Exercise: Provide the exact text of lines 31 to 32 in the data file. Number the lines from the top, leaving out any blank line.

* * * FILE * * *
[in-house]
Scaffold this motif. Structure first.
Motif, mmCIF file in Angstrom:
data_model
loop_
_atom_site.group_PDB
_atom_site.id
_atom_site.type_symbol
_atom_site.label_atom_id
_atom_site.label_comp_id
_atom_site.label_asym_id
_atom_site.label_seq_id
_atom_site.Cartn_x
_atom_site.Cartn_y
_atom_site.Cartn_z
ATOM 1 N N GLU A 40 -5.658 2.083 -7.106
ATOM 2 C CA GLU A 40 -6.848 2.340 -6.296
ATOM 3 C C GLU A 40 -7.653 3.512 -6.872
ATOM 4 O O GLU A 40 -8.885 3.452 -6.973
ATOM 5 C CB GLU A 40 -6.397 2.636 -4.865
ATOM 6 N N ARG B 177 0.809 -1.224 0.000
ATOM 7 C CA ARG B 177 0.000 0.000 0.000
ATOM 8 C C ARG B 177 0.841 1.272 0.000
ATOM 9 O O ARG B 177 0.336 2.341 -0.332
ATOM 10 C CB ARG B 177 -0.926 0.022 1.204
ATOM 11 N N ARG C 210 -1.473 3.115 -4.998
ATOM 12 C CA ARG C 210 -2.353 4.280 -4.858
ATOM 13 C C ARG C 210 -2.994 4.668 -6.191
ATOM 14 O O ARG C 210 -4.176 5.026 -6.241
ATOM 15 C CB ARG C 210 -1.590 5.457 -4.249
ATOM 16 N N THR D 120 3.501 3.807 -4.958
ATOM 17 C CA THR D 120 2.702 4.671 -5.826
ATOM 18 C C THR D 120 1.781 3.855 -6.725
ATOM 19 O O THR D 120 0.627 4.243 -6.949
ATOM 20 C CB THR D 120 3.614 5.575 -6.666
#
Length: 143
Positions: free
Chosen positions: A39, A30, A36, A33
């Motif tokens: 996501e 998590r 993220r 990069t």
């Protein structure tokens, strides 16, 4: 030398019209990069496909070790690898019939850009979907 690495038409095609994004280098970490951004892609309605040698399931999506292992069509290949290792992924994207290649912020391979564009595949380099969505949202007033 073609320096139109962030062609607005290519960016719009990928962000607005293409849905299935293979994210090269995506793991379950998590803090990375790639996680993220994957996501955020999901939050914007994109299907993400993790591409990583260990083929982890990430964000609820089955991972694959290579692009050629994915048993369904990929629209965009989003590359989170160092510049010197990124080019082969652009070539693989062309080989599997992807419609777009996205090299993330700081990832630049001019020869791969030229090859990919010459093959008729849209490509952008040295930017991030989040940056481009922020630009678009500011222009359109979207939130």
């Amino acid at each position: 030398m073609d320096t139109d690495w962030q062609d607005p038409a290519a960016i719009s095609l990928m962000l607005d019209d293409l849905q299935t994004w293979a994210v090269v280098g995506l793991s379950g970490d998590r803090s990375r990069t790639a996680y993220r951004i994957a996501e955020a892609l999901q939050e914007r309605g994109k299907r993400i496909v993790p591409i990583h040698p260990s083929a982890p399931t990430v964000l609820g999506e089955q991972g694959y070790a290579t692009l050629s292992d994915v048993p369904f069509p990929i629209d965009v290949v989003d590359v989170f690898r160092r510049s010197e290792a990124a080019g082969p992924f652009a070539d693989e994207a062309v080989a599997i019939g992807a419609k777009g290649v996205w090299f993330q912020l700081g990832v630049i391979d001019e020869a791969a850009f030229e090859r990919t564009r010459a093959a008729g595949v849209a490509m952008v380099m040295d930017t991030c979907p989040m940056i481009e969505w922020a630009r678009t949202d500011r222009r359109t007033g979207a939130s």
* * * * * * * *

ATOM 16 N N THR D 120 3.501 3.807 -4.958
ATOM 17 C CA THR D 120 2.702 4.671 -5.826